What's mine is yours and what's yours is mine: the concept of ownership and distance perception

Isaacs, Amy (2012). What's mine is yours and what's yours is mine: the concept of ownership and distance perception Honours Thesis, School of Psychology, The University of Queensland.

       
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Author Isaacs, Amy
Thesis Title What's mine is yours and what's yours is mine: the concept of ownership and distance perception
School, Centre or Institute School of Psychology
Institution The University of Queensland
Publication date 2012-10-09
Thesis type Honours Thesis
Supervisor Ada Kritikos
Total pages 64
Language eng
Subjects 1701 Psychology
Abstract/Summary Previous research has indicated that the concept of ownership impacts the visuomotor system but the influence it has on distance perception has not been examined. In Experiment 1, motion capture was utilized as participants placed owned, unowned and other-owned mugs at one of three distances from themselves. Based on past findings, it was expected that 23 participants would underestimate distances for their own mug and would overestimate distances for the other-owned mug. Results suggest an aversion to interact with other-owned objects as ownership was found to influence peak lift height and movement duration but not distance perception. Experiment 2 was run concurrently and we speculated the influence of ownership on distance perception should be bidirectional: a near-placed object should be perceived more readily as owned by the participant interacting with it, than a far-placed object. For each trial 36 participants placed one of three mugs on one of three designated places in front of them (near, middle and far) and then placed it back on the tray beside them. One mug was placed closest to participanst sixty percent of trials. At the end of the experiment participants were asked to quickly choose a mug to take home. Participants should choose the mug most frequently placed closest to them significantly above chance. Results suggest this is not the case as the mug in the „near‟ position was not chosen more frequently.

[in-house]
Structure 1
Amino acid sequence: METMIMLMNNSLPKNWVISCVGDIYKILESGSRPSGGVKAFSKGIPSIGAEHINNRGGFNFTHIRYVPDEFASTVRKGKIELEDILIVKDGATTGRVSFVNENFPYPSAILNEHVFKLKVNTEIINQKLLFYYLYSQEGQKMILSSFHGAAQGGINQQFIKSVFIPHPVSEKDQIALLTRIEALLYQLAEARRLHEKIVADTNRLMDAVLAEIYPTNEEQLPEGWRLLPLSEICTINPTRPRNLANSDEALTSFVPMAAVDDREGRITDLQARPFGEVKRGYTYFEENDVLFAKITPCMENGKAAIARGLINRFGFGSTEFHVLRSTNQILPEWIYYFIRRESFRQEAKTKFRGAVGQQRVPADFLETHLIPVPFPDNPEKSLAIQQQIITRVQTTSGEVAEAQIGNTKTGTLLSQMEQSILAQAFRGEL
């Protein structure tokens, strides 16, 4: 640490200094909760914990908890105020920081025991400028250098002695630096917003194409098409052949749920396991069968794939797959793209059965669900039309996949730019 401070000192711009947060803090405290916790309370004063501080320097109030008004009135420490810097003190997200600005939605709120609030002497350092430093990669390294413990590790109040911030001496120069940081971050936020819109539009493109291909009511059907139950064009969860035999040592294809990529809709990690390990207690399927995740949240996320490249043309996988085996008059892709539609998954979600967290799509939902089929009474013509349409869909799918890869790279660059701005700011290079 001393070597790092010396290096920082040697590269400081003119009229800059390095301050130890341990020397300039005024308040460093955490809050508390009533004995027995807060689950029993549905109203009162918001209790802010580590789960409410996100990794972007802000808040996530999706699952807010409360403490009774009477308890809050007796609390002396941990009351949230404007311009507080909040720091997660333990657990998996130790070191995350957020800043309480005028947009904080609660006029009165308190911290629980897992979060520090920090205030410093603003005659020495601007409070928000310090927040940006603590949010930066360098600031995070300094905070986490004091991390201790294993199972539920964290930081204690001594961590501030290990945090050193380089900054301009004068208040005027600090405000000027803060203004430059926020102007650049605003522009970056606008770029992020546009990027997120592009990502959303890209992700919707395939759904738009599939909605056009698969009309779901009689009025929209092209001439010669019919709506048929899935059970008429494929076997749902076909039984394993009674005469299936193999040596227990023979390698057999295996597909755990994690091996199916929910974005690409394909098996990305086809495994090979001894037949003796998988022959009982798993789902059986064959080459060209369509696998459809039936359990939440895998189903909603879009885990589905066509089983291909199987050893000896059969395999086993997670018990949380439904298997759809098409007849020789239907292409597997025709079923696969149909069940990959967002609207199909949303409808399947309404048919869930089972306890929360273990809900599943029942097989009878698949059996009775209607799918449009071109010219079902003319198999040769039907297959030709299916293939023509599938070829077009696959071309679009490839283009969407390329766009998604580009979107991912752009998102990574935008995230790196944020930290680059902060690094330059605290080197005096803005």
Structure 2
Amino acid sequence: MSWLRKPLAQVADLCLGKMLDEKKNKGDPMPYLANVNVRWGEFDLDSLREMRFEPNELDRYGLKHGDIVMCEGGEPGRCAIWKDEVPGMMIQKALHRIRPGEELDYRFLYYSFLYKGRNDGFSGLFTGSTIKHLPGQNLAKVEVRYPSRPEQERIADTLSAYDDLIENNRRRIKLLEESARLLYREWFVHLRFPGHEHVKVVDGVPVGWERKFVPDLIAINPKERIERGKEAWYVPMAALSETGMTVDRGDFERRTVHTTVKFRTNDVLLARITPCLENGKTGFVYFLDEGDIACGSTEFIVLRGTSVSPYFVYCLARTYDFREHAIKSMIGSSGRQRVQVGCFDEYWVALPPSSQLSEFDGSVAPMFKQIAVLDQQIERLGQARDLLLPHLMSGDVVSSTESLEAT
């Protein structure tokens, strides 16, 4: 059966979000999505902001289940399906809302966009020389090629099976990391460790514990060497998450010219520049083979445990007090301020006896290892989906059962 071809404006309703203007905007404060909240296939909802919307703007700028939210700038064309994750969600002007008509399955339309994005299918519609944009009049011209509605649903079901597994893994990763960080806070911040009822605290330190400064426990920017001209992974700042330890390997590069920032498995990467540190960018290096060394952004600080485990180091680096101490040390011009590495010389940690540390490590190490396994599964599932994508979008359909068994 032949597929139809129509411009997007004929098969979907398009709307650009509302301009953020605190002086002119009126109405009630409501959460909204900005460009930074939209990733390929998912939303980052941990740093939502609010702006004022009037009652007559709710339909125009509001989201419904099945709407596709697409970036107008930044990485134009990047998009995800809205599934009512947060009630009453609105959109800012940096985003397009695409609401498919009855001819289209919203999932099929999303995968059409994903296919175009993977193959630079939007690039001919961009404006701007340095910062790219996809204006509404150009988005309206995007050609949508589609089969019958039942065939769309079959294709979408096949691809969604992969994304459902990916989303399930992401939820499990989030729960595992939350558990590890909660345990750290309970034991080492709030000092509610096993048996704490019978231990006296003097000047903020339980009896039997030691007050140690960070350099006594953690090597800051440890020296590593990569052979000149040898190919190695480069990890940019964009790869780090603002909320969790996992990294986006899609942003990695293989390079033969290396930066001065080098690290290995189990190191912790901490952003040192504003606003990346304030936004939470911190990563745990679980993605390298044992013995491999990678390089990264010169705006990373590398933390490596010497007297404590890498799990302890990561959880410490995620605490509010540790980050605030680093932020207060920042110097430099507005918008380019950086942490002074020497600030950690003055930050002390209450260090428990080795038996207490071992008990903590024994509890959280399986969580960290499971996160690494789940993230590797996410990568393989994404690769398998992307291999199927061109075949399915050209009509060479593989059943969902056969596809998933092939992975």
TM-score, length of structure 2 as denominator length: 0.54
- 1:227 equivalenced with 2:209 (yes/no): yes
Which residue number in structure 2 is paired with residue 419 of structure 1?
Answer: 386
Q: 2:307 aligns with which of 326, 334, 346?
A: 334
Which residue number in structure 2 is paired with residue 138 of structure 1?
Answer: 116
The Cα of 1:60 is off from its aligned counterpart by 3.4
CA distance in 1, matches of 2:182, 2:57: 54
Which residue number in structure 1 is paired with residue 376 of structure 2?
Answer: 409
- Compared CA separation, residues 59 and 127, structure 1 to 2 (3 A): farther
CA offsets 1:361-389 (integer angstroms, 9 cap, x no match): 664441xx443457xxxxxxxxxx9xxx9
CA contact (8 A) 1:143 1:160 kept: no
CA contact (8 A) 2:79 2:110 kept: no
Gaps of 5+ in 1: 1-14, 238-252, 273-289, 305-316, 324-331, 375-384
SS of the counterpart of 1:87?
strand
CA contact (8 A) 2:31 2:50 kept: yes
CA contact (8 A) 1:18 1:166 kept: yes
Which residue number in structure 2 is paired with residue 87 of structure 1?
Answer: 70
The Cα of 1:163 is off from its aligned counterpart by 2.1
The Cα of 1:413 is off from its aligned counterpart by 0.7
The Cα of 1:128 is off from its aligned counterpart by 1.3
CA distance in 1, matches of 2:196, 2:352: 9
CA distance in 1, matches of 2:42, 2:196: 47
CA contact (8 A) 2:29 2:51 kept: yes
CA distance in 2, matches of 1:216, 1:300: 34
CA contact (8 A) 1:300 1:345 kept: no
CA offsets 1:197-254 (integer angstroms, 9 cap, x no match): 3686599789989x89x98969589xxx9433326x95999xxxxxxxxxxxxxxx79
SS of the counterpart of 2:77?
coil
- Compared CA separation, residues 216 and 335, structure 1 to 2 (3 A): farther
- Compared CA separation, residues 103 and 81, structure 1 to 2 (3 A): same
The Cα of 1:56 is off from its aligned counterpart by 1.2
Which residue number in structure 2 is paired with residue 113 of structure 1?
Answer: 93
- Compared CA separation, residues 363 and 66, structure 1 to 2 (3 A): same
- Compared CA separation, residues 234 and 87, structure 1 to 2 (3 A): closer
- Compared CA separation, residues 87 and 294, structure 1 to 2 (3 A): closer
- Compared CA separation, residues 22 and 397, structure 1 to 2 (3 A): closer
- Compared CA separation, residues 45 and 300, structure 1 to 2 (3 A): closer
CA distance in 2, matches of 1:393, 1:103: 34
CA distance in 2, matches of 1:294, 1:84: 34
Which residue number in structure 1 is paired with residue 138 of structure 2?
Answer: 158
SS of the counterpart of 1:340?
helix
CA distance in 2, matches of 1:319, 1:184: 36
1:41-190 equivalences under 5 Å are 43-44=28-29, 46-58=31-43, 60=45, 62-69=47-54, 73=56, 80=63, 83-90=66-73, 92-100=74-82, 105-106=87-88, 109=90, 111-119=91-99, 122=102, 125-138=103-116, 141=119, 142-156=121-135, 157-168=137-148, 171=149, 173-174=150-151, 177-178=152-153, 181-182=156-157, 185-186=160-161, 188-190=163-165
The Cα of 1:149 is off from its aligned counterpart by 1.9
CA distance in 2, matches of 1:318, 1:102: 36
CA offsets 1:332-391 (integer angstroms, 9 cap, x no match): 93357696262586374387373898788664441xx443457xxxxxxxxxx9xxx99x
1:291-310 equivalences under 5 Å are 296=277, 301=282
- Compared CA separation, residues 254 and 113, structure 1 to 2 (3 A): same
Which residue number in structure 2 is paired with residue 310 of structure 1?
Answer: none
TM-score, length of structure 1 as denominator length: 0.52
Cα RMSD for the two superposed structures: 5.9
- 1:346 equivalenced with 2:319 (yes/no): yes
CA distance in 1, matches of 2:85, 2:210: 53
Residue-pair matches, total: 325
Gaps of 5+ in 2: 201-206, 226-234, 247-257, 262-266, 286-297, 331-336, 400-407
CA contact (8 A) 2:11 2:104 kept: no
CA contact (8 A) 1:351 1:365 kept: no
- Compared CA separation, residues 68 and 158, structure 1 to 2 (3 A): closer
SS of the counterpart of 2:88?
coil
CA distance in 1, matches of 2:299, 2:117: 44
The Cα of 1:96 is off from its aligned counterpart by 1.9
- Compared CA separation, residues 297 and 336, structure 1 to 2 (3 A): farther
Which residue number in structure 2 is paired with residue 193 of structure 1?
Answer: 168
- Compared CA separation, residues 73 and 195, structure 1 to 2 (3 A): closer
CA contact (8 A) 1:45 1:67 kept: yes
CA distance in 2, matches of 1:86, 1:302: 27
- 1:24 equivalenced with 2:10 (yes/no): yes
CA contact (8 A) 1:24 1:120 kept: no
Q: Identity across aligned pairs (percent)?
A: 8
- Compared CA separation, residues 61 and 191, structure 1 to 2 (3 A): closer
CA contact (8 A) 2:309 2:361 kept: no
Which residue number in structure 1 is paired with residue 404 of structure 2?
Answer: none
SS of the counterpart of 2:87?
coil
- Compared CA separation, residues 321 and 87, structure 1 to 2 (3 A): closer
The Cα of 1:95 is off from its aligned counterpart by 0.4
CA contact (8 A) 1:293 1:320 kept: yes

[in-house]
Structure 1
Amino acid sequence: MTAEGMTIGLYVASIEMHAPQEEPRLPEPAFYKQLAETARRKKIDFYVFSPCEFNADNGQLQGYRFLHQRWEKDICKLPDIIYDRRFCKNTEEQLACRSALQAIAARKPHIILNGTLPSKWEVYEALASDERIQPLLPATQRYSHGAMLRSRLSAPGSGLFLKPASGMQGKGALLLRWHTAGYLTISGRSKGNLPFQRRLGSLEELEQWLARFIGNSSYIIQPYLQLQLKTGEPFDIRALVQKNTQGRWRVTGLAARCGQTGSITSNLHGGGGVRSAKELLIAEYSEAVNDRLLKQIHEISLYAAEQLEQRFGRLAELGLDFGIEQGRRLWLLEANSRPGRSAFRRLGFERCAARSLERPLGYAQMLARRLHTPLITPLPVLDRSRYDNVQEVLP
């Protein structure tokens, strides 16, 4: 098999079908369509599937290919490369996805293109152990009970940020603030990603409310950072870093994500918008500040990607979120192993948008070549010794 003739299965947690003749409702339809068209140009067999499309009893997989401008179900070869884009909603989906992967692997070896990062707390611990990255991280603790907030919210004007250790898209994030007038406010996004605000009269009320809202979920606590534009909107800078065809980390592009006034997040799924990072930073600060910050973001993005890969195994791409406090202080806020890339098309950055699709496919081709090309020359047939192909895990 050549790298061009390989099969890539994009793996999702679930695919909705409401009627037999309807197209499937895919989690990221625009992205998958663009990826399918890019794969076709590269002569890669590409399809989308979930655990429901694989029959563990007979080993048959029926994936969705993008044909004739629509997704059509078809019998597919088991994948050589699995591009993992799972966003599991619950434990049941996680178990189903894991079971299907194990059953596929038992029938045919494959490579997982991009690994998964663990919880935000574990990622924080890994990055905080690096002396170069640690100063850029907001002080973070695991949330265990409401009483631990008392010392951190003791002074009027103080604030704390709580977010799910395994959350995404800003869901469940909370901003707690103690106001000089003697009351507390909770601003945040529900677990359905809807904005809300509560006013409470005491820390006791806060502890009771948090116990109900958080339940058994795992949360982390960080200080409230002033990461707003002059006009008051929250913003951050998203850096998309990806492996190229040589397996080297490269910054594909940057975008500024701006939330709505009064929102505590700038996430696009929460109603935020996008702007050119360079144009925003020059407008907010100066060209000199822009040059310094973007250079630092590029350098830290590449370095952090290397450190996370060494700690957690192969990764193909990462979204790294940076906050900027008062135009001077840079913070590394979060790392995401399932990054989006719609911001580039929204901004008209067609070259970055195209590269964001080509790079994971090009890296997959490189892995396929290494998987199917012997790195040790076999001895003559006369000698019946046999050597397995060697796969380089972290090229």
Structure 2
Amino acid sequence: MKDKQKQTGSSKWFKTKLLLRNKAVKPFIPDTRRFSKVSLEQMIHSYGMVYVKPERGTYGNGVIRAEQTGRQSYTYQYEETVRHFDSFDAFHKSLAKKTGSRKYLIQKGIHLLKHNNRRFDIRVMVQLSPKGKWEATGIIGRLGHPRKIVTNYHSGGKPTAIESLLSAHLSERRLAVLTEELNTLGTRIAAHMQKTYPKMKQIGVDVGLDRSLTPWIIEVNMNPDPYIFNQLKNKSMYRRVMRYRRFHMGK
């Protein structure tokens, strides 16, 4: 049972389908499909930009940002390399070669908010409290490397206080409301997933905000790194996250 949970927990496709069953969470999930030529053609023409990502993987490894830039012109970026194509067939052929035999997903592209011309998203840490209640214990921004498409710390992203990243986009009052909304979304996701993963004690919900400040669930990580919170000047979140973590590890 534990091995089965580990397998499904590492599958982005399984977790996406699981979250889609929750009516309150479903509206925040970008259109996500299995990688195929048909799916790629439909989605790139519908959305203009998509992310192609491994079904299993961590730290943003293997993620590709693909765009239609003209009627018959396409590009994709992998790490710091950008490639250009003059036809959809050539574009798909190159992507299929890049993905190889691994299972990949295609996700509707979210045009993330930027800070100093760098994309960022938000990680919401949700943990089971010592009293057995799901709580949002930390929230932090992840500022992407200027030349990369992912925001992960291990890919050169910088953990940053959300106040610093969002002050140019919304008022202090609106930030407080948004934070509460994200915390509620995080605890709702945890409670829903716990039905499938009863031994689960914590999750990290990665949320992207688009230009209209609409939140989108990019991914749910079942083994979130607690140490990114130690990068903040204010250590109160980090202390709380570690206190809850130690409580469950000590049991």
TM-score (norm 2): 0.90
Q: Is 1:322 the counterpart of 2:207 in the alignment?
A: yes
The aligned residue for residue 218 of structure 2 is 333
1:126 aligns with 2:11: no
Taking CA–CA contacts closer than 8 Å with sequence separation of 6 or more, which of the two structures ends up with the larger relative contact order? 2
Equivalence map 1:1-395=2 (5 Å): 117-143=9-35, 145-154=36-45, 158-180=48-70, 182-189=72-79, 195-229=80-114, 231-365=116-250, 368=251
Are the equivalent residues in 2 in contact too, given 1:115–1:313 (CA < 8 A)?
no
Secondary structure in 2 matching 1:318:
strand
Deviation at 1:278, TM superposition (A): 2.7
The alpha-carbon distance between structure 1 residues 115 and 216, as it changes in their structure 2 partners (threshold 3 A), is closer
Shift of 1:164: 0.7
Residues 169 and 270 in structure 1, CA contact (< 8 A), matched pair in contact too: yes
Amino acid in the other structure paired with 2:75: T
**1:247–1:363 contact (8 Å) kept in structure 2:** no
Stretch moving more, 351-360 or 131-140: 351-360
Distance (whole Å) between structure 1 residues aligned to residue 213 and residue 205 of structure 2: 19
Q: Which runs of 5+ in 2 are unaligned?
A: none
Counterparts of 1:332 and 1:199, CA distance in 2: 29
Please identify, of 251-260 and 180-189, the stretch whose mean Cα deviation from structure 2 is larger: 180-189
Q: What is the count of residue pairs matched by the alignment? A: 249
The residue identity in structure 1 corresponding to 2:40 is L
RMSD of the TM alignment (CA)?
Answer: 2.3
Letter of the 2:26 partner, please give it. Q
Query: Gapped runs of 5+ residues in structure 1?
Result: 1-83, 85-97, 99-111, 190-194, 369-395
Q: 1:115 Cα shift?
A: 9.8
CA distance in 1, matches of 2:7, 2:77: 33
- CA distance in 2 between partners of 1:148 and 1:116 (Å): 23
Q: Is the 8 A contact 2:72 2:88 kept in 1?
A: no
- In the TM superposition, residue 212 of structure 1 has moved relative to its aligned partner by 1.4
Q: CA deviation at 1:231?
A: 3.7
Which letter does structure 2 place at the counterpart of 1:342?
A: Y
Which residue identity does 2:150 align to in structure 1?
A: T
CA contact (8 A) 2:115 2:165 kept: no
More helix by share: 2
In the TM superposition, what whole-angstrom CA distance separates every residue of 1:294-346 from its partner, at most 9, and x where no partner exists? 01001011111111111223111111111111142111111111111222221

Keyword Ownership
Distance perception
Kinematics

 
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Created: Fri, 01 Mar 2013, 15:29:06 EST by Mrs Ann Lee on behalf of School of Psychology